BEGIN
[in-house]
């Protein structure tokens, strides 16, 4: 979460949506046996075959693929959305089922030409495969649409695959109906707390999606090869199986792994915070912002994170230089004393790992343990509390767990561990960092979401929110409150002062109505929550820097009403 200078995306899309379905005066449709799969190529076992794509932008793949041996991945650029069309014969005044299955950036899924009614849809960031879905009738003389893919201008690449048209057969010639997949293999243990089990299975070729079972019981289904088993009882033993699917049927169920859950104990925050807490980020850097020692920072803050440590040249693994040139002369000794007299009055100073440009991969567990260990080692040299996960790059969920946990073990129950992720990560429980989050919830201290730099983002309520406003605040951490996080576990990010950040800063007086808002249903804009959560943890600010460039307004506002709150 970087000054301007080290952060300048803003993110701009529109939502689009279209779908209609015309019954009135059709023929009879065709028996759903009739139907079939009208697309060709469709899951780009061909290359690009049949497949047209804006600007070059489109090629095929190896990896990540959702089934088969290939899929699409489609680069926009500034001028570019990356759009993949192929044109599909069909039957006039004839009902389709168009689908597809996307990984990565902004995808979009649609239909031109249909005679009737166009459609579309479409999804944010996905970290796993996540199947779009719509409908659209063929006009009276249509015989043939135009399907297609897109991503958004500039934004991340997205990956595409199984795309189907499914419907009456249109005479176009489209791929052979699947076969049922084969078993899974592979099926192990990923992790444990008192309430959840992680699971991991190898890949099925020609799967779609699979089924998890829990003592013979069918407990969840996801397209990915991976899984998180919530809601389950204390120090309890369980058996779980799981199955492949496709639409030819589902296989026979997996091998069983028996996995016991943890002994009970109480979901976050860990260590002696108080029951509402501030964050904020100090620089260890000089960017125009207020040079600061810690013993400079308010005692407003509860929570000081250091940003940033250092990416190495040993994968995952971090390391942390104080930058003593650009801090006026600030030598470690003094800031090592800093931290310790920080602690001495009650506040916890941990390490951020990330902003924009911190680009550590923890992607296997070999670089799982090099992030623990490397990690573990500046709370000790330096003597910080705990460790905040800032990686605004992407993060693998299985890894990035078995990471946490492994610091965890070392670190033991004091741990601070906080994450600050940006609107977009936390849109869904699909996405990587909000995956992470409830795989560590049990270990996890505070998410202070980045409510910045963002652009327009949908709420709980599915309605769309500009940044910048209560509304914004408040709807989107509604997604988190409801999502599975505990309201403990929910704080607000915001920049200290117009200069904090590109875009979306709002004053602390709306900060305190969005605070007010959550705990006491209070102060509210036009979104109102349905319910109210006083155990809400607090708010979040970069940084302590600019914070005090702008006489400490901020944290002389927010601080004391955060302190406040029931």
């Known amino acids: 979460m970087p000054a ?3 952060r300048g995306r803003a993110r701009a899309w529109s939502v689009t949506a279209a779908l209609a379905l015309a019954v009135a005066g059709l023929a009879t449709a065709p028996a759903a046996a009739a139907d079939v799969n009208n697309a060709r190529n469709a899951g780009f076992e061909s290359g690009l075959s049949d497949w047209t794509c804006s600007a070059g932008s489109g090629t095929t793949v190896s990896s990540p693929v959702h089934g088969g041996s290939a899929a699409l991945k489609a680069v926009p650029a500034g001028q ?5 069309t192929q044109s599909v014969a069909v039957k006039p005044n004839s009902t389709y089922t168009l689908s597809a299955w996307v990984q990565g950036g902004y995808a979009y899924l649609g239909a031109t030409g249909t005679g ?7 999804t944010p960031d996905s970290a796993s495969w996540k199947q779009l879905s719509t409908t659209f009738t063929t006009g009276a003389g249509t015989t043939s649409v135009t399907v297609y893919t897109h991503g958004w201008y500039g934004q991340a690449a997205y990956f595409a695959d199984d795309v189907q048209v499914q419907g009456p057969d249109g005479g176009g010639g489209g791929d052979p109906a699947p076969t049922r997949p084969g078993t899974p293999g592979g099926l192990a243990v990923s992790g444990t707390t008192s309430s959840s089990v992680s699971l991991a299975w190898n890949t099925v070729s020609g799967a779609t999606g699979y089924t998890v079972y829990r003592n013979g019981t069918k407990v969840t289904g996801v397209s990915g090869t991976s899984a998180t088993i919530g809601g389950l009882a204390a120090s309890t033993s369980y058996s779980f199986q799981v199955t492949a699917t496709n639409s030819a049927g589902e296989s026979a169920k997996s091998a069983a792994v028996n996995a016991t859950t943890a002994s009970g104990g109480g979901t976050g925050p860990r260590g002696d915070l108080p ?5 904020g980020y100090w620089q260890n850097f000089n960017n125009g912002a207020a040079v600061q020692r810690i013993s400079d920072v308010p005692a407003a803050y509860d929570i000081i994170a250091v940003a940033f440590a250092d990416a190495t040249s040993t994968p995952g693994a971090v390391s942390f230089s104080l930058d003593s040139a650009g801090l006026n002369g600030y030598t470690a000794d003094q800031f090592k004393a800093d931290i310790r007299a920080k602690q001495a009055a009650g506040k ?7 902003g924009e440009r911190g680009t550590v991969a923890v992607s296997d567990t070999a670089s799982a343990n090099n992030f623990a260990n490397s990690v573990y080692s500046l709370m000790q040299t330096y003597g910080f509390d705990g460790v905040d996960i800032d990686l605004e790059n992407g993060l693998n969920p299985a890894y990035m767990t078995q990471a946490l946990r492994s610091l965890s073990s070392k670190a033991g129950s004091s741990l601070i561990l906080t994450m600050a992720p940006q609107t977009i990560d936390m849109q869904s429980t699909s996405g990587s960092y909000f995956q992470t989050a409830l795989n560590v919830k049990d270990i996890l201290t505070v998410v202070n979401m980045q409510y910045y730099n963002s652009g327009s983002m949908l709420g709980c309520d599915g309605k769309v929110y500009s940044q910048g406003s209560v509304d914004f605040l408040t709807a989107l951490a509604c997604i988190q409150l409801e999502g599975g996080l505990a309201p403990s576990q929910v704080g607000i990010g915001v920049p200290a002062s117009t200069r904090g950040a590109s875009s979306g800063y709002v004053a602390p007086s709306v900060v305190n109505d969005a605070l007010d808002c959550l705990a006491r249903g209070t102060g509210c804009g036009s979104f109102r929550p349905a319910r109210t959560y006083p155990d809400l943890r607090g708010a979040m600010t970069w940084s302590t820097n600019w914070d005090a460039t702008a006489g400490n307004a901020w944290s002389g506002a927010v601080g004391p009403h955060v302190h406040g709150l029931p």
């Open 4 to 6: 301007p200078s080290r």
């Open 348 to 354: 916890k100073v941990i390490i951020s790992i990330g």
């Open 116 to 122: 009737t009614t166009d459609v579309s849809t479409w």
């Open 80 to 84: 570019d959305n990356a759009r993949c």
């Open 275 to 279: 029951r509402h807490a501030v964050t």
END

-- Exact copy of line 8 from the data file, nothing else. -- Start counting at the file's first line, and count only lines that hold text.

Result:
């Open 275 to 279: 029951r509402h807490a501030v964050t």